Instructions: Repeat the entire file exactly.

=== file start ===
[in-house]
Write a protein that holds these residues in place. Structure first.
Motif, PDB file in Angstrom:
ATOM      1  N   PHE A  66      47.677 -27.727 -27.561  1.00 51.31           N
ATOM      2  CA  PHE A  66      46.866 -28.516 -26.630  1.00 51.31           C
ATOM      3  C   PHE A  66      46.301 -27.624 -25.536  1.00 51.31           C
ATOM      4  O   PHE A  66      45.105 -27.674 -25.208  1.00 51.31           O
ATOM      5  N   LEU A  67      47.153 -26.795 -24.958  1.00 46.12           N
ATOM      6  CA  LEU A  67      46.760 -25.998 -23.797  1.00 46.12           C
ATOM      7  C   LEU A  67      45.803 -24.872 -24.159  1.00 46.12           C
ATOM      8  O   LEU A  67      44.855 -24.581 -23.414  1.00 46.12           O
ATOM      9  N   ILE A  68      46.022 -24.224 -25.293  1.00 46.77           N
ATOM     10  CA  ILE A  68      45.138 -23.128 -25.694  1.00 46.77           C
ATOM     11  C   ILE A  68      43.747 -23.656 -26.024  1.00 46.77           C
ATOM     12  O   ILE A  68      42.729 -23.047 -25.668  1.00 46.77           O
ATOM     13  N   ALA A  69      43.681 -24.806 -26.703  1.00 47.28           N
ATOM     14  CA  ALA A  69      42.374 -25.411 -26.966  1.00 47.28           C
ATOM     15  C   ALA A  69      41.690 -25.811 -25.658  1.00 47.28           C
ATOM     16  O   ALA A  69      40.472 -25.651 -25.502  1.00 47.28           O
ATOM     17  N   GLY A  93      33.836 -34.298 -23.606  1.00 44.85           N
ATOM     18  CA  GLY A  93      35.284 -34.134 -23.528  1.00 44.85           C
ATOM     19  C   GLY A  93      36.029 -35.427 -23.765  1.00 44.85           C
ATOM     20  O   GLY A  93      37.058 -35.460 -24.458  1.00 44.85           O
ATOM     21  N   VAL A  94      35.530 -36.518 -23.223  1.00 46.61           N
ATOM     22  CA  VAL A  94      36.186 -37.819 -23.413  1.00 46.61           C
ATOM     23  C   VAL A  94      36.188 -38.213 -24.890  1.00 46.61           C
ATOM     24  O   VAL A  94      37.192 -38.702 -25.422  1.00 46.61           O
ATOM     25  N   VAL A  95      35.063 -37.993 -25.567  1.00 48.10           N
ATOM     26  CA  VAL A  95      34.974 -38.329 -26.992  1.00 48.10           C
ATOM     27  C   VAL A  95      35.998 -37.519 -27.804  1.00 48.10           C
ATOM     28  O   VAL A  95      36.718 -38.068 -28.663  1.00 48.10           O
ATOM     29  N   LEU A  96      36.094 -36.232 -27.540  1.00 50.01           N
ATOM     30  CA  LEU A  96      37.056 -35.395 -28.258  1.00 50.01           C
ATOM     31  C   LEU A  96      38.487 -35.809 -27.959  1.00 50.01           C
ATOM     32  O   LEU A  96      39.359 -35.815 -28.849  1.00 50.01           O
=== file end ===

[in-house]
Write a protein that holds these residues in place. Structure first.
Motif, PDB file in Angstrom:
ATOM      1  N   PHE A  66      47.677 -27.727 -27.561  1.00 51.31           N
ATOM      2  CA  PHE A  66      46.866 -28.516 -26.630  1.00 51.31           C
ATOM      3  C   PHE A  66      46.301 -27.624 -25.536  1.00 51.31           C
ATOM      4  O   PHE A  66      45.105 -27.674 -25.208  1.00 51.31           O
ATOM      5  N   LEU A  67      47.153 -26.795 -24.958  1.00 46.12           N
ATOM      6  CA  LEU A  67      46.760 -25.998 -23.797  1.00 46.12           C
ATOM      7  C   LEU A  67      45.803 -24.872 -24.159  1.00 46.12           C
ATOM      8  O   LEU A  67      44.855 -24.581 -23.414  1.00 46.12           O
ATOM      9  N   ILE A  68      46.022 -24.224 -25.293  1.00 46.77           N
ATOM     10  CA  ILE A  68      45.138 -23.128 -25.694  1.00 46.77           C
ATOM     11  C   ILE A  68      43.747 -23.656 -26.024  1.00 46.77           C
ATOM     12  O   ILE A  68      42.729 -23.047 -25.668  1.00 46.77           O
ATOM     13  N   ALA A  69      43.681 -24.806 -26.703  1.00 47.28           N
ATOM     14  CA  ALA A  69      42.374 -25.411 -26.966  1.00 47.28           C
ATOM     15  C   ALA A  69      41.690 -25.811 -25.658  1.00 47.28           C
ATOM     16  O   ALA A  69      40.472 -25.651 -25.502  1.00 47.28           O
ATOM     17  N   GLY A  93      33.836 -34.298 -23.606  1.00 44.85           N
ATOM     18  CA  GLY A  93      35.284 -34.134 -23.528  1.00 44.85           C
ATOM     19  C   GLY A  93      36.029 -35.427 -23.765  1.00 44.85           C
ATOM     20  O   GLY A  93      37.058 -35.460 -24.458  1.00 44.85           O
ATOM     21  N   VAL A  94      35.530 -36.518 -23.223  1.00 46.61           N
ATOM     22  CA  VAL A  94      36.186 -37.819 -23.413  1.00 46.61           C
ATOM     23  C   VAL A  94      36.188 -38.213 -24.890  1.00 46.61           C
ATOM     24  O   VAL A  94      37.192 -38.702 -25.422  1.00 46.61           O
ATOM     25  N   VAL A  95      35.063 -37.993 -25.567  1.00 48.10           N
ATOM     26  CA  VAL A  95      34.974 -38.329 -26.992  1.00 48.10           C
ATOM     27  C   VAL A  95      35.998 -37.519 -27.804  1.00 48.10           C
ATOM     28  O   VAL A  95      36.718 -38.068 -28.663  1.00 48.10           O
ATOM     29  N   LEU A  96      36.094 -36.232 -27.540  1.00 50.01           N
ATOM     30  CA  LEU A  96      37.056 -35.395 -28.258  1.00 50.01           C
ATOM     31  C   LEU A  96      38.487 -35.809 -27.959  1.00 50.01           C
ATOM     32  O   LEU A  96      39.359 -35.815 -28.849  1.00 50.01           O